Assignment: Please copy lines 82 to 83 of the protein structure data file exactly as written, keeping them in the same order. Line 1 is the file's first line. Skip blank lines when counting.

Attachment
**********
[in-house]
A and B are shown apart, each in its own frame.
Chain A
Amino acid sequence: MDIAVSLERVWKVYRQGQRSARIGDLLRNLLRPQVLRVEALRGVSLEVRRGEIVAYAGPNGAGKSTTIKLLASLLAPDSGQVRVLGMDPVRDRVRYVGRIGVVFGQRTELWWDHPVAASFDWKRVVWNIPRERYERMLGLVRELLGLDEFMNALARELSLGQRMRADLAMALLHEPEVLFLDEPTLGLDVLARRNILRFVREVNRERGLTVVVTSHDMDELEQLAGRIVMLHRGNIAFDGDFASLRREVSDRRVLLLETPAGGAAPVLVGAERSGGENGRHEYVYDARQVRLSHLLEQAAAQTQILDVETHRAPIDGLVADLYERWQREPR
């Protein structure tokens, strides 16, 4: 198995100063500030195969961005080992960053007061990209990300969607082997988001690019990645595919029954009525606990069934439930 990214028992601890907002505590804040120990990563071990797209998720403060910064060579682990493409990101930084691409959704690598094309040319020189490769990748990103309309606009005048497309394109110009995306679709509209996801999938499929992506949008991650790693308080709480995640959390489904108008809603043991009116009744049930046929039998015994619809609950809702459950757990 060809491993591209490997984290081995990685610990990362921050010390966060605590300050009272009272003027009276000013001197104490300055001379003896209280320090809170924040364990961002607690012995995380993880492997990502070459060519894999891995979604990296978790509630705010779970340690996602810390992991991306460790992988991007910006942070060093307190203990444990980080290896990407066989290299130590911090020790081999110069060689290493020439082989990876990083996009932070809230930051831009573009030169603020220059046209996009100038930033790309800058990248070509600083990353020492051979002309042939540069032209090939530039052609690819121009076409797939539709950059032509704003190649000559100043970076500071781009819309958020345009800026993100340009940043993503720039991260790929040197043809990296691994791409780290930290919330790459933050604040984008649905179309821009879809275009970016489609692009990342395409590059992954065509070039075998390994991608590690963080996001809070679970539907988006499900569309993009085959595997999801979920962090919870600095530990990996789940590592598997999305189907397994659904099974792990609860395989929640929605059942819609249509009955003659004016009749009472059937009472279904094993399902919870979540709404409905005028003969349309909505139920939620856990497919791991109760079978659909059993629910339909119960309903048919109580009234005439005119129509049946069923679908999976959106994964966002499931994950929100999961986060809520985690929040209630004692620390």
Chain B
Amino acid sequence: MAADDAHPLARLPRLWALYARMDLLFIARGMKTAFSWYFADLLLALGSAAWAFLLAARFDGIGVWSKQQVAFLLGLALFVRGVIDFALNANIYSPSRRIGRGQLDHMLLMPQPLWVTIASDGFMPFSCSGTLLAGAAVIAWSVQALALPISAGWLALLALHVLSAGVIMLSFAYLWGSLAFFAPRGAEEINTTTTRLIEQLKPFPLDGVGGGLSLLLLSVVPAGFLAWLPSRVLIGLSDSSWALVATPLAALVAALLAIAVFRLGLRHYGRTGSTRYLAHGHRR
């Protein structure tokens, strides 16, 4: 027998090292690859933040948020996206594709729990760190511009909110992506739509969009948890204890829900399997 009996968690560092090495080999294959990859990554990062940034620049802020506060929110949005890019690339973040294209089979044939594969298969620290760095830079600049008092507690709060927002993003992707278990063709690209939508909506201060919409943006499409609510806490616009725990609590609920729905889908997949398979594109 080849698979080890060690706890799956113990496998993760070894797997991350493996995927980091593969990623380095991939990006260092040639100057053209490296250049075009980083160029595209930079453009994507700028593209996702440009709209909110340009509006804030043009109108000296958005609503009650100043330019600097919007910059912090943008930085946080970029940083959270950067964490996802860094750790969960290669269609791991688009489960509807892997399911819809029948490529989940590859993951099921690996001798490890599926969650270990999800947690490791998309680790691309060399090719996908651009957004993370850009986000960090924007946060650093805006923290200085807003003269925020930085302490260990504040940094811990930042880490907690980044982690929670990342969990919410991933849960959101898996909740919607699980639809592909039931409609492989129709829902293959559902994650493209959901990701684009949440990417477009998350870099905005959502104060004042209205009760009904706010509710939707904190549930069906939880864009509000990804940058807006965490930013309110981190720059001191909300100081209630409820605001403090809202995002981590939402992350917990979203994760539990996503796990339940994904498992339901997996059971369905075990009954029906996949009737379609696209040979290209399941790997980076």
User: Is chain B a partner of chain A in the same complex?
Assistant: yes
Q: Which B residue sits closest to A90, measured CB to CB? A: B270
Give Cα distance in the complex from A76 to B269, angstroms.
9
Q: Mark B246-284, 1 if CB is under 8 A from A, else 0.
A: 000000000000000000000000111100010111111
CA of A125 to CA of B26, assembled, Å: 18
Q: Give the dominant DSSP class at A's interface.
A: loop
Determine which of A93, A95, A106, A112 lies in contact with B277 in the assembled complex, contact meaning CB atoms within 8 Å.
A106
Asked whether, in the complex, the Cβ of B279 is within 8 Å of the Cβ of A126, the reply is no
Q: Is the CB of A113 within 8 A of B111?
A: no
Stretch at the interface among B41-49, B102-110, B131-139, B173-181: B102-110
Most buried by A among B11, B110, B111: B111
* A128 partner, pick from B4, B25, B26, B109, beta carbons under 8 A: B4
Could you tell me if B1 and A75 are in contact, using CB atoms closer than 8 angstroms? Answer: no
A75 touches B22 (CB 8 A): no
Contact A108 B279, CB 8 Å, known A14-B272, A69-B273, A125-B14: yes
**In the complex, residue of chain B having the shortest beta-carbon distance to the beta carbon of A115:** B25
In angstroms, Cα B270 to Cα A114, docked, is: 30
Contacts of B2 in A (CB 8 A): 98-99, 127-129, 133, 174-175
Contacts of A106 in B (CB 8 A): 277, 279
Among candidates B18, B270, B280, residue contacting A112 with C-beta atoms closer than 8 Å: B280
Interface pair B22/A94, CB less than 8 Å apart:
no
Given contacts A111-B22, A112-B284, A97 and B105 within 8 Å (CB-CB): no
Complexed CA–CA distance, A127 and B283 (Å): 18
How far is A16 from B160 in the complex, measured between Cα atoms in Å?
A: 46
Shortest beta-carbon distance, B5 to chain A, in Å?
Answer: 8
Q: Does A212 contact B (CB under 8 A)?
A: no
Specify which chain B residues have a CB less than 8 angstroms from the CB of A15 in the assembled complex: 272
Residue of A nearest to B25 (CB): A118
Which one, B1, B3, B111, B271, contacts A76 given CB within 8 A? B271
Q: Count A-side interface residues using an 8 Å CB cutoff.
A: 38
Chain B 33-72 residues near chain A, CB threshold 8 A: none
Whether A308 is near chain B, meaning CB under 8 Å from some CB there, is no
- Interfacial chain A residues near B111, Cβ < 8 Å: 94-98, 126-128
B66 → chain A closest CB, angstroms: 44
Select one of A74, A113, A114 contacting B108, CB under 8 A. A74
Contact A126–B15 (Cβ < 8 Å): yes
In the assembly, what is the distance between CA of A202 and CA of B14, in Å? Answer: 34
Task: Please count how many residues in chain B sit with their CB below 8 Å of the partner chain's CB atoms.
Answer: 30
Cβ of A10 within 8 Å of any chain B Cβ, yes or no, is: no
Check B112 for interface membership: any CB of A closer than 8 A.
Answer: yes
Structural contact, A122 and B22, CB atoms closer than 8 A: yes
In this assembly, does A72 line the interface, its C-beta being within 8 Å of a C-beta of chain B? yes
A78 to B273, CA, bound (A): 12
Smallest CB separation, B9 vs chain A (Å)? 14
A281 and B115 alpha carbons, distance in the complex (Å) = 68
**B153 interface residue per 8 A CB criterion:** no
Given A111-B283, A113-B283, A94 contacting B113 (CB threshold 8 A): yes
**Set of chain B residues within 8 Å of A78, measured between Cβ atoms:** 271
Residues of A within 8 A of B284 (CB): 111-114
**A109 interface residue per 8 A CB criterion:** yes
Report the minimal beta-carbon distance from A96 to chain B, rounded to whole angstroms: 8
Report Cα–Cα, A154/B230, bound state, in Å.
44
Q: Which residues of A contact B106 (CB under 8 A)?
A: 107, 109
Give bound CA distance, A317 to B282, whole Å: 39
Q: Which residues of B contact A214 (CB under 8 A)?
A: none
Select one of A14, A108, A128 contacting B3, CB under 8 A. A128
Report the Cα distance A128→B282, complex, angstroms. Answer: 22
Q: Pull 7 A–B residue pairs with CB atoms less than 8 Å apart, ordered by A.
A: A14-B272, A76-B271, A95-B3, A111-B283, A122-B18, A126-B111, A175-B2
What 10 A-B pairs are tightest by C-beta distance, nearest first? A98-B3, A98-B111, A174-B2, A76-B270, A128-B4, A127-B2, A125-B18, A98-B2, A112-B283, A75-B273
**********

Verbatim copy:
Q: Pull 7 A–B residue pairs with CB atoms less than 8 Å apart, ordered by A.
A: A14-B272, A76-B271, A95-B3, A111-B283, A122-B18, A126-B111, A175-B2